Blanding has even reached some of the world’s most iconic and high-end fashion houses. Several of these brands have updated their logos over the recent years, shunning their unique and askew fonts and replacing them with generic and aligned sans serif fonts.
Why Is This Happening?
Blanding is becoming the norm as companies seek to secure a place in the minds of consumers with what they hope is an easy-to-remember identity. With the emergence of DTC brands that compete aggressively with legacy mainstays, some of our favorite brands from the last couple of decades are becoming replaced or ignored. The rise of social media and digital mood boards, like Pinterest, has led many people to curate perfectly coordinated homes. Fearing that their products will be deemed not aesthetically pleasing enough to make the cut, many brands, new and old, are trying to secure or maintain a place by fitting into popular aesthetics and trends.
While it’s nice to have a range of aesthetically pleasing items to choose from, some of our favorite brands have chosen to kill their personality in exchange for a new, more generic look. While modernizing isn’t necessarily bad, and there are plenty of examples of successful rebrands, sadly, many of our favorite companies have replaced modernizing with genericizing. Just take a look at the following logos:
These logos represent very different brands with very different purposes and missions. A glance at this graphic could easily lead consumers to believe that these are all the same logo or related to one another. Granted, there are only so many colors and fonts and designs in the world, and there will always be accidental coincidences. However, this graphic shows the stark lack of differentiation between brand design and identity.
When a Modern Rebranding Goes Bad
While there are certainly many examples of successful rebrands, and some blanding is defined in the eye of the individual, some companies have faced losses as a result. Tropicana rebranded in 2009, choosing a sans-serif typeface on a white background and replacing the recognizable orange with a straw with a glass of orange juice, split between the front and side of their packaging.
While the new packaging and branding were visually clean and straightforward, the rebrand was quickly deemed a failure, and Tropicana promptly reverted to its former branding within months. Why did it fail? People didn’t recognize Tropicana’s new packaging and skipped it for other, more familiar brands. As a result of this rebrand, Tropicana lost over $30 million in sales in just a few short months. This rebrand is widely cited as the definitive case study of what not to do when updating your brand.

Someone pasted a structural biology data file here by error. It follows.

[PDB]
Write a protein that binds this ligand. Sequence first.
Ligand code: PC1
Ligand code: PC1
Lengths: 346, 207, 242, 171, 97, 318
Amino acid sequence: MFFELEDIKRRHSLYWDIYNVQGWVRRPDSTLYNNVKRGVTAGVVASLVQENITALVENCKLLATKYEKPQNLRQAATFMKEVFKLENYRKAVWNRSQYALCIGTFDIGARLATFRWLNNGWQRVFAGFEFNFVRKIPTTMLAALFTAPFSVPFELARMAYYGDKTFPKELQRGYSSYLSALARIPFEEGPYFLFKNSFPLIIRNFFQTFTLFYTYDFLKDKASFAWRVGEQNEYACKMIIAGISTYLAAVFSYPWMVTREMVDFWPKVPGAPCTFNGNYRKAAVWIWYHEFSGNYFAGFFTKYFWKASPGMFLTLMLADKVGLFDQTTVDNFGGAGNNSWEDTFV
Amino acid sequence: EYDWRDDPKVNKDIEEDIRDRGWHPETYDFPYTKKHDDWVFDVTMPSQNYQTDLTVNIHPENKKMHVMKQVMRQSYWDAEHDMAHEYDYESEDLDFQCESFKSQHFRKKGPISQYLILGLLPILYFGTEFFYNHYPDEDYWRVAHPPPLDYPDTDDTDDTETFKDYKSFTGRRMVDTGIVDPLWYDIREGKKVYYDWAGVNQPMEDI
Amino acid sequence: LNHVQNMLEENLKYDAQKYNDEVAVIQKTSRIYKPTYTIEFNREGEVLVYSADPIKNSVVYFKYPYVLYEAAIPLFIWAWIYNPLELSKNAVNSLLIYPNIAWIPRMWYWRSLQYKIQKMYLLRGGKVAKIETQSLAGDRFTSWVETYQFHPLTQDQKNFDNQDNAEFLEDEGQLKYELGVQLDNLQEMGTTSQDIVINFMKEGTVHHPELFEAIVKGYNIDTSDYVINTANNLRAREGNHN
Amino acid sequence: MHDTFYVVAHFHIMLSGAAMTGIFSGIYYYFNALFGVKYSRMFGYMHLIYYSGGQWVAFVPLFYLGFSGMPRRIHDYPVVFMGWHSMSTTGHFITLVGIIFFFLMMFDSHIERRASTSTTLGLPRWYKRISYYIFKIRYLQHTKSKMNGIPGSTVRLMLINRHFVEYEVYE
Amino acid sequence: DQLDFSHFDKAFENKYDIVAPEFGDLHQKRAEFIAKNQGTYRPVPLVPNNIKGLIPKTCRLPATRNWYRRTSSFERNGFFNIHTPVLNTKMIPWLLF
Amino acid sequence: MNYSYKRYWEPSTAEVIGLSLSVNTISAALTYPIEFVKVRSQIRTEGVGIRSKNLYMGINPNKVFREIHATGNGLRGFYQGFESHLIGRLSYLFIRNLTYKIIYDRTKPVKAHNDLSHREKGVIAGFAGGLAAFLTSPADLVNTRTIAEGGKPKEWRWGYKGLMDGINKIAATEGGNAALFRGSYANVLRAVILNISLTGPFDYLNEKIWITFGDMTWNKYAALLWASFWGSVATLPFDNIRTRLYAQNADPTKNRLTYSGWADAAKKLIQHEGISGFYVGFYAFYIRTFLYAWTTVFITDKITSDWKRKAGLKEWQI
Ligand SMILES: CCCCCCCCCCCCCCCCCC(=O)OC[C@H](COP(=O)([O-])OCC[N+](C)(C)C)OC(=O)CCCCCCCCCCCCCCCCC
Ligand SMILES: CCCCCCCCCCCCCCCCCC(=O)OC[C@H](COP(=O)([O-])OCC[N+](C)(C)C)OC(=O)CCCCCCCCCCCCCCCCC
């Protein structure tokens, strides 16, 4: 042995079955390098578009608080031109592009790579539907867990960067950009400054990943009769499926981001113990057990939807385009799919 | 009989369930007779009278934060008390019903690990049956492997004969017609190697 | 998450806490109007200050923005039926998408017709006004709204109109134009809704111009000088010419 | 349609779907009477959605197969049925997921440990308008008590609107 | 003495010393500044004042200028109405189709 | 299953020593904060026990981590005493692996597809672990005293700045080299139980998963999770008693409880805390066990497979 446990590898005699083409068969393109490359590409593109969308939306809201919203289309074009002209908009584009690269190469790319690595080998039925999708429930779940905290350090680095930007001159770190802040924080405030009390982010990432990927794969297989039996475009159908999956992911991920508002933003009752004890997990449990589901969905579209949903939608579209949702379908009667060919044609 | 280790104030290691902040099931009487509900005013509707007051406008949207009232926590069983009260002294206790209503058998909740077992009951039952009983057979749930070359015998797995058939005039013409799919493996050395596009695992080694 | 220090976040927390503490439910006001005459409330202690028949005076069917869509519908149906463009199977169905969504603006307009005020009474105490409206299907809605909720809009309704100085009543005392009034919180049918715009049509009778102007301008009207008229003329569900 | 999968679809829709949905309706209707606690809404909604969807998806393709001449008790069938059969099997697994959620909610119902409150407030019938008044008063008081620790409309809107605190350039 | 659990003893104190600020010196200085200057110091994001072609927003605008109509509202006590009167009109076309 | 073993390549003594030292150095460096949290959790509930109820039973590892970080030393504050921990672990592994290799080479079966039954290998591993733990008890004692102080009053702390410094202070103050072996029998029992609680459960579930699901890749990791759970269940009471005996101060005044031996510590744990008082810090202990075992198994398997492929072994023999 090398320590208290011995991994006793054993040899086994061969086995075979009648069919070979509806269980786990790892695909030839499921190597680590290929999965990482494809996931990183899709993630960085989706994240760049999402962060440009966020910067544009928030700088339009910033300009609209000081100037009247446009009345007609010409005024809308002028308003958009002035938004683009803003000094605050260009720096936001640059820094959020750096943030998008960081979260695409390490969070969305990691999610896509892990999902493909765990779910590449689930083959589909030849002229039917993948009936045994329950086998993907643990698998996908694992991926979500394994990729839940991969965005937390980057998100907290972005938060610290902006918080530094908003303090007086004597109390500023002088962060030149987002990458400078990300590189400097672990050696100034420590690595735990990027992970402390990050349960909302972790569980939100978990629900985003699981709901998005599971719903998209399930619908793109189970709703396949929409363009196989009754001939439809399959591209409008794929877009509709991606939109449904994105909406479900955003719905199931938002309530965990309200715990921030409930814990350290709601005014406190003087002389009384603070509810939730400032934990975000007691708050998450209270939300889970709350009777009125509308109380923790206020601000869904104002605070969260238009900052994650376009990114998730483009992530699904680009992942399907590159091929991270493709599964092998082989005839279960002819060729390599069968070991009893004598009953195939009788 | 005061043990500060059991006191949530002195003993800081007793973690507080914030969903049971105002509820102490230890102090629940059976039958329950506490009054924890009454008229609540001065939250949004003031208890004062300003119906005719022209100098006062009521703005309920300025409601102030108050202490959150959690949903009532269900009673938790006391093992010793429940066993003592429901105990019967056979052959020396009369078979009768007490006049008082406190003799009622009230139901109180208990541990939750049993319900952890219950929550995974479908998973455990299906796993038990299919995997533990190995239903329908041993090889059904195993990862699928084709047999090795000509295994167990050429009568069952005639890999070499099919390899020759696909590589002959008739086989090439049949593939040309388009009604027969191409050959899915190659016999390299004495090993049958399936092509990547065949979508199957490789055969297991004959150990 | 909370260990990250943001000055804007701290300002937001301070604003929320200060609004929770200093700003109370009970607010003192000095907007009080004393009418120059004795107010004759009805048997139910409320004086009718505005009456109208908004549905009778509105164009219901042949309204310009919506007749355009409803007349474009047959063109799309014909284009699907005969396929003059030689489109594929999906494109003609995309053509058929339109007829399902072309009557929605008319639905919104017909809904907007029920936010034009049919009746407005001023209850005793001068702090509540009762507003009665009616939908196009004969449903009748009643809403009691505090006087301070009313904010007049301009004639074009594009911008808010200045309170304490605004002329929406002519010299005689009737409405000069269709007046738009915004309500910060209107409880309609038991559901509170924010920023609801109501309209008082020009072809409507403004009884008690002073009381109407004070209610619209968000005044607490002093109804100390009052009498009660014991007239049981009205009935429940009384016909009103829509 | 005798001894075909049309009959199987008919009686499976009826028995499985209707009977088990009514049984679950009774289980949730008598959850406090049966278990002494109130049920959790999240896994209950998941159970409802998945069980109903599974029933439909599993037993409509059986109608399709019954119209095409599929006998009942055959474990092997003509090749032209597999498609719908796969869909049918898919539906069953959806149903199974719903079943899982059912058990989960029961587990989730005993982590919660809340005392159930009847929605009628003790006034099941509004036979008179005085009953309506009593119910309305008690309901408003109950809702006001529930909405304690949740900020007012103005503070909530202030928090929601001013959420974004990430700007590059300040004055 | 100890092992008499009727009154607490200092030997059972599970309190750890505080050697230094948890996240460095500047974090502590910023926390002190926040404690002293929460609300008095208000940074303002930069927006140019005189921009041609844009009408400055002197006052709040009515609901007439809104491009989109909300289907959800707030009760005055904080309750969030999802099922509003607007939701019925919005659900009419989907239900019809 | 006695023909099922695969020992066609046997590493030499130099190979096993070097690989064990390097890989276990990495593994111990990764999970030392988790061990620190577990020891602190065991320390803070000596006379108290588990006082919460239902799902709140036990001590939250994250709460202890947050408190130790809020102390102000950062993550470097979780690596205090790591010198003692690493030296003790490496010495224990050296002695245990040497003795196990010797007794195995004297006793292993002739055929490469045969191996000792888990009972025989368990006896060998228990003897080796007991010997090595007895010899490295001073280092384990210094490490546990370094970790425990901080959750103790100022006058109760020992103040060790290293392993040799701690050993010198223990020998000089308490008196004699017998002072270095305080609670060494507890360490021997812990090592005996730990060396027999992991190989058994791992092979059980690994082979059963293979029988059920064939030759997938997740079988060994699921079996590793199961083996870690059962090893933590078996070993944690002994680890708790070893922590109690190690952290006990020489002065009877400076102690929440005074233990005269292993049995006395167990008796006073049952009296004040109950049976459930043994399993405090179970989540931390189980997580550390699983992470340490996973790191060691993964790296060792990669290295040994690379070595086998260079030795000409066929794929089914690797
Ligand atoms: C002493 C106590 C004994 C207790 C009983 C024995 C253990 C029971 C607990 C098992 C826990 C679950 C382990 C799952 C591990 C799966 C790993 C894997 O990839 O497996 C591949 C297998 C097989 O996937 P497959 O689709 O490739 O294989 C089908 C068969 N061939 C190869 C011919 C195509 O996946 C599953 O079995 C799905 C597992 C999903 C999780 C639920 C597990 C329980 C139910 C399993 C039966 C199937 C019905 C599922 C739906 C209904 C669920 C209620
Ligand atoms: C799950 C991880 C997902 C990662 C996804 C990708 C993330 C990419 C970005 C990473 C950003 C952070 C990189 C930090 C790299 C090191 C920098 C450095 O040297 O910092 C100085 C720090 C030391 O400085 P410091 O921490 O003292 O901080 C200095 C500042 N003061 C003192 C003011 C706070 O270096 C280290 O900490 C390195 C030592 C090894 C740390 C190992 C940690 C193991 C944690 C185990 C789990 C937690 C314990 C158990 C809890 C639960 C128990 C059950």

This isn’t to say that all brands should keep the same identity for decades and never modernize. It’s also difficult to quantify whether a rebrand is a success or failure, with a good amount of aesthetic critique being very subjective. But there is something sad about the rampant blanding we’ve seen over the past decade, and we hope that companies can take cues from some brands that have methodically evolved their image over the years.
The starkest rebrand occurred in 1987, where the brand shed the brown color, adopted a circle logo, and simplified the logo’s text. Starbucks has updated its logo several times over the past few decades, modernizing aspects of its graphic design and brand identity. However, they’ve maintained the primary images and colors, ensuring that Starbucks remains identifiable from a distance. Starbucks embraced the modern popularity of circular logos and minimalist design without abandoning its essential brand identity.
Brands also need to recognize the power of nostalgia and that newer doesn’t necessarily mean better. Nostalgia is a major driving force for modern trends, such as the resurgence of Y2K fashion among Gen-Z. Many of today’s consumers seek to return to simpler times and relive fond memories from their youth. Pizza Hut has capitalized on this with their latest branding:
While Pizza Hut has evolved its look over the years, the iconic red roof and two-line logo have remained the same since 1974. Their most recent rebrand in 2019 harkened back to the first iteration of this logo direction. This retro look has reminded people of all ages of nights spent at the pizzeria chain, children redeeming a free personal pan pizza from the Book-It program, and fond memories from days past. This rebrand, or rather, brand reversion, has been very successful and maintained the brand’s iconic identity.
A company’s brand has a massive impact on its success. While some rebrands have been very successful and reinvigorated consumer interest, others have led to confusion and boredom. When updating your branding, be sure to prioritize maintaining your brand’s core identity. Trends come and go at a breakneck pace, and brands that attempt to keep up will risk losing their customer base’s interest.
How Can YMC Help?
Does your brand need a new look? Need to stand out from the crowd? A new marketing approach? At YMC, we specialize in building and connecting brands with Gen-Z and Millennial consumers, and we’d be happy to share our wealth of knowledge and skills with you. Contact us today!